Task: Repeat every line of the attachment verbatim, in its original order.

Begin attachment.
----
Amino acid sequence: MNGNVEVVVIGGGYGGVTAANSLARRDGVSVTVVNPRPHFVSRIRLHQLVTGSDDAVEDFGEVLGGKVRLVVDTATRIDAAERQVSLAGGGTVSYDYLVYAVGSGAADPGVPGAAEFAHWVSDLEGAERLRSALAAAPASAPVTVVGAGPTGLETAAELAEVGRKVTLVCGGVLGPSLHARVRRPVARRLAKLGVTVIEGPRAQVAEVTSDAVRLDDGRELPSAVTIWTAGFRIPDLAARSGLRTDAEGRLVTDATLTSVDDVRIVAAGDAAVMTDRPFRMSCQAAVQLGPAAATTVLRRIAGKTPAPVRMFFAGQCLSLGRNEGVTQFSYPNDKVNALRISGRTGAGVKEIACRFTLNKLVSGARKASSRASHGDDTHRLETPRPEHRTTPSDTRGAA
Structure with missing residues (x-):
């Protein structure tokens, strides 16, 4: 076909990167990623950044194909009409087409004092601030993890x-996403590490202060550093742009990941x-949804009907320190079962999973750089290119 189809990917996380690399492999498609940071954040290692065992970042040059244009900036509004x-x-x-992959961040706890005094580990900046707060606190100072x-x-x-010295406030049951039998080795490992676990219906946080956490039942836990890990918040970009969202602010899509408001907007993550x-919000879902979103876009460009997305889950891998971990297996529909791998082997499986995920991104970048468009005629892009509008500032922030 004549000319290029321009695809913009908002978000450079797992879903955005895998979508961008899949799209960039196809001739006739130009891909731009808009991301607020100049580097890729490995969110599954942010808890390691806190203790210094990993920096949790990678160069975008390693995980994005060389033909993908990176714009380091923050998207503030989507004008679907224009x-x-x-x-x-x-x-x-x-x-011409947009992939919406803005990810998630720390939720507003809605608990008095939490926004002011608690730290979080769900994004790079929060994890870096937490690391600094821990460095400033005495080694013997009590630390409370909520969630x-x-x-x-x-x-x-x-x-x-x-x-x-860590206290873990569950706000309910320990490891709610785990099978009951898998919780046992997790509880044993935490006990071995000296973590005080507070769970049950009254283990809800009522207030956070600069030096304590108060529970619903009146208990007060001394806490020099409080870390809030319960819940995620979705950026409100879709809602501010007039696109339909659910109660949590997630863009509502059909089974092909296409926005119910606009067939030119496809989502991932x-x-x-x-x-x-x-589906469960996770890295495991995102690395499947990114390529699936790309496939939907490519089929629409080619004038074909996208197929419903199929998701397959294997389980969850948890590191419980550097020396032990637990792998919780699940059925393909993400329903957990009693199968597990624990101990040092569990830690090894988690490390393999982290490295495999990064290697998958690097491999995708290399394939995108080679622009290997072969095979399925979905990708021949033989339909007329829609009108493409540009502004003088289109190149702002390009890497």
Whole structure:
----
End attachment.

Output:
Amino acid sequence: MNGNVEVVVIGGGYGGVTAANSLARRDGVSVTVVNPRPHFVSRIRLHQLVTGSDDAVEDFGEVLGGKVRLVVDTATRIDAAERQVSLAGGGTVSYDYLVYAVGSGAADPGVPGAAEFAHWVSDLEGAERLRSALAAAPASAPVTVVGAGPTGLETAAELAEVGRKVTLVCGGVLGPSLHARVRRPVARRLAKLGVTVIEGPRAQVAEVTSDAVRLDDGRELPSAVTIWTAGFRIPDLAARSGLRTDAEGRLVTDATLTSVDDVRIVAAGDAAVMTDRPFRMSCQAAVQLGPAAATTVLRRIAGKTPAPVRMFFAGQCLSLGRNEGVTQFSYPNDKVNALRISGRTGAGVKEIACRFTLNKLVSGARKASSRASHGDDTHRLETPRPEHRTTPSDTRGAA
Structure with missing residues (x-):
């Protein structure tokens, strides 16, 4: 076909990167990623950044194909009409087409004092601030993890x-996403590490202060550093742009990941x-949804009907320190079962999973750089290119 189809990917996380690399492999498609940071954040290692065992970042040059244009900036509004x-x-x-992959961040706890005094580990900046707060606190100072x-x-x-010295406030049951039998080795490992676990219906946080956490039942836990890990918040970009969202602010899509408001907007993550x-919000879902979103876009460009997305889950891998971990297996529909791998082997499986995920991104970048468009005629892009509008500032922030 004549000319290029321009695809913009908002978000450079797992879903955005895998979508961008899949799209960039196809001739006739130009891909731009808009991301607020100049580097890729490995969110599954942010808890390691806190203790210094990993920096949790990678160069975008390693995980994005060389033909993908990176714009380091923050998207503030989507004008679907224009x-x-x-x-x-x-x-x-x-x-011409947009992939919406803005990810998630720390939720507003809605608990008095939490926004002011608690730290979080769900994004790079929060994890870096937490690391600094821990460095400033005495080694013997009590630390409370909520969630x-x-x-x-x-x-x-x-x-x-x-x-x-860590206290873990569950706000309910320990490891709610785990099978009951898998919780046992997790509880044993935490006990071995000296973590005080507070769970049950009254283990809800009522207030956070600069030096304590108060529970619903009146208990007060001394806490020099409080870390809030319960819940995620979705950026409100879709809602501010007039696109339909659910109660949590997630863009509502059909089974092909296409926005119910606009067939030119496809989502991932x-x-x-x-x-x-x-589906469960996770890295495991995102690395499947990114390529699936790309496939939907490519089929629409080619004038074909996208197929419903199929998701397959294997389980969850948890590191419980550097020396032990637990792998919780699940059925393909993400329903957990009693199968597990624990101990040092569990830690090894988690490390393999982290490295495999990064290697998958690097491999995708290399394939995108080679622009290997072969095979399925979905990708021949033989339909007329829609009108493409540009502004003088289109190149702002390009890497």
Whole structure: